ISLAND BREW Sean McKay (Irish American Trading Company) giving then Minister for Rural and Community Development, Michael Ring, TD a sample of Irish American Whiskey at the launch of the product in 2019. Pic: Michael McLaughlin
‘When one door closes, another door opens’. Businesses that have managed to survive the pandemic by adapting have used the phrase often over the past year.
The The IrishAmerican Trading Company faced uncertainty when the pubs closed due to restrictions, cutting off the main market for selling and promoting their whiskey. However, just as Covid closed the pub doors, another door presented itself in the virtual world. The family-owned distillery opened it with both hands, and they started to focus on the online market.
“We had just launched our online sales last year, which coincided with Covid,” explained Michael McKay of IrishAmerican. The pandemic forced the company to focus on online sales sooner than they intended.
“We don’t have a big marketing and online team, it is just a few of us in the family, so Covid did accelerate our focus into online. It got our name out there, especially in the States. Whatever energy we had put into the pub trade we had to refocus that to online and make sure we have a presence.”
Their efforts have been a great success. Now, with so much competition for shelf space, it is important to stay a step ahead of the curve.
“That market has moved online now, and we have seen a massive uptake in people trying to buy whiskey online. The age group who traditionally buy whiskey would normally be more skeptical of buying online, but they have warmed to the idea now during lockdown of getting the premium whiskeys we have to offer.”
Double market reach
While online revenue has not completely offset the loss of the pub trade, it has compensated the company ‘a small bit’.
IrishAmerican was founded by Michael’s late father John McKay in 2015. They opened their first distillery in Achill in 2019. The US is their primary market outside of Ireland, and they have teamed up with the online retailer, Mash and Grape, to sell their whiskey in the US.
“They had been following us for a while in Boston and New York and California, and they liked what they saw and took us online last year. Our biggest market is the States, so it helped that we could sell online in the States especially because you have a bigger market. Having been in up to 20 states physically, we are now in 41 states via online. It has doubled our market reach by going online, and that has been a major boost.”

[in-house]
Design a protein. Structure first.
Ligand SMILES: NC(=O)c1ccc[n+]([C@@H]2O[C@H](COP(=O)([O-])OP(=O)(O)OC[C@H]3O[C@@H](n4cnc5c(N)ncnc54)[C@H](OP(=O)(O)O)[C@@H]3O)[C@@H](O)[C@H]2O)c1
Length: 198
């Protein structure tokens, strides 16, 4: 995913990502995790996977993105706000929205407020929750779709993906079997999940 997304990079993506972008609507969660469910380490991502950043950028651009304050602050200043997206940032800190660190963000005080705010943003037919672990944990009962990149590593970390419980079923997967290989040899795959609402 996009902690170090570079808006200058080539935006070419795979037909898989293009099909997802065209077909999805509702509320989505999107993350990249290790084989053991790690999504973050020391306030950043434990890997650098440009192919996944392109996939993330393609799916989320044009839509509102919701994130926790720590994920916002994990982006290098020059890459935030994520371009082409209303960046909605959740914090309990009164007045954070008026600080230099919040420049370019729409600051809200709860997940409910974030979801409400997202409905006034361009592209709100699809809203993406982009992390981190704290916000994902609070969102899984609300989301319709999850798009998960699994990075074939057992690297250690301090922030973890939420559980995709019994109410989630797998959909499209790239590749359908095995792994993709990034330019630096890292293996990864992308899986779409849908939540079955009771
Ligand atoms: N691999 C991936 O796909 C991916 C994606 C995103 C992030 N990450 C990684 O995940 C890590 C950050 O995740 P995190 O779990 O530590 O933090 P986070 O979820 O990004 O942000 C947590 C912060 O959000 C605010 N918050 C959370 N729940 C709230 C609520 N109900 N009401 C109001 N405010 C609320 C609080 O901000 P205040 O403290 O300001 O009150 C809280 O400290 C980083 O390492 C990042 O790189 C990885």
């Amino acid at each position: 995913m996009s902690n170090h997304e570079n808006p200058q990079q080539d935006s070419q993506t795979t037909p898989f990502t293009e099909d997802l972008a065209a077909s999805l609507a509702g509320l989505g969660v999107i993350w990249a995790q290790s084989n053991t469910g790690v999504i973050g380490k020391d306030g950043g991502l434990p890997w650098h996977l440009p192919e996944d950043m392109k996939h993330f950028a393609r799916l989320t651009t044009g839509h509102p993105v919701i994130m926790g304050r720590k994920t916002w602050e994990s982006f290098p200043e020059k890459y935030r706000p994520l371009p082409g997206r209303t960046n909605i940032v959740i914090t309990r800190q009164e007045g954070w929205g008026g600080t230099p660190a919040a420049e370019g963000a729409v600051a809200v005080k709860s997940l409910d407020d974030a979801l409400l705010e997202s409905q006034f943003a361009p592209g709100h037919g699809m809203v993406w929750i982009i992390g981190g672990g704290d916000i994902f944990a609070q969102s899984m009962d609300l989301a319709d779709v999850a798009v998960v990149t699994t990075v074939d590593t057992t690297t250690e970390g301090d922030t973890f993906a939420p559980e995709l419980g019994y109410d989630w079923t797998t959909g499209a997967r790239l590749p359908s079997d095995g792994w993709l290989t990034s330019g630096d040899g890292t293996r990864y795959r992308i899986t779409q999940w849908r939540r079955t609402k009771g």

While Michael says they have been encouraged by the sales growth online, it does have its drawbacks.
“Online is great but you can’t beat face-to-face business. Our biggest selling point is that we are a family-based business and people warm to that. They love that they are meeting the family members when you are doing sales or when they visit the distillery.
“The best way to sell whiskey is by giving out samples in bars, and that has been taken away from all whiskey businesses. We are fortunate we are six years on the road now, so we have our foothold and our name out there. But if we were starting this year it would be very difficult.”
The production side of IrishAmerican has been largely unaffected by Covid, as distilling can continue. Because they only started the process in 2019, their stock is not ready to sell yet.
The other side of the business is based on tourism, with the IrishAmerican Trading Company running tours of the distillery in Achill during the summer months. Last year was their first year giving tours and because of the restrictions they were only open for six weeks of the summer.
However there was a silver lining because the six weeks was so busy, and it brought IrishAmerican whiskey to a new audience in Ireland.
“It was a great six weeks … there were lots of staycations and it brought a lot of Irish people to the west and to Achill who may never have considered Achill for a holiday. The knock-on effect is we got a lot more Irish people through the doors learning about IrishAmerican whiskey. A lot of Irish people who never heard about us before are now aware and follow us on Facebook and keep an eye on the different whiskeys we have.”
Despite the continued closure of the pubs in Ireland, Michael continues to be optimistic about the year ahead. He’s confident of another busy summer if restrictions are eased.
“Last year a lot of people who wouldn’t have come are mad to come back after seeing the beauty of what’s to offer on Achill. If restrictions permit, I would be confident of a good summer, even if its only for a few months and not a full summer. We have to stay optimistic in business, and if we get the staycations we are in for a good few weeks.”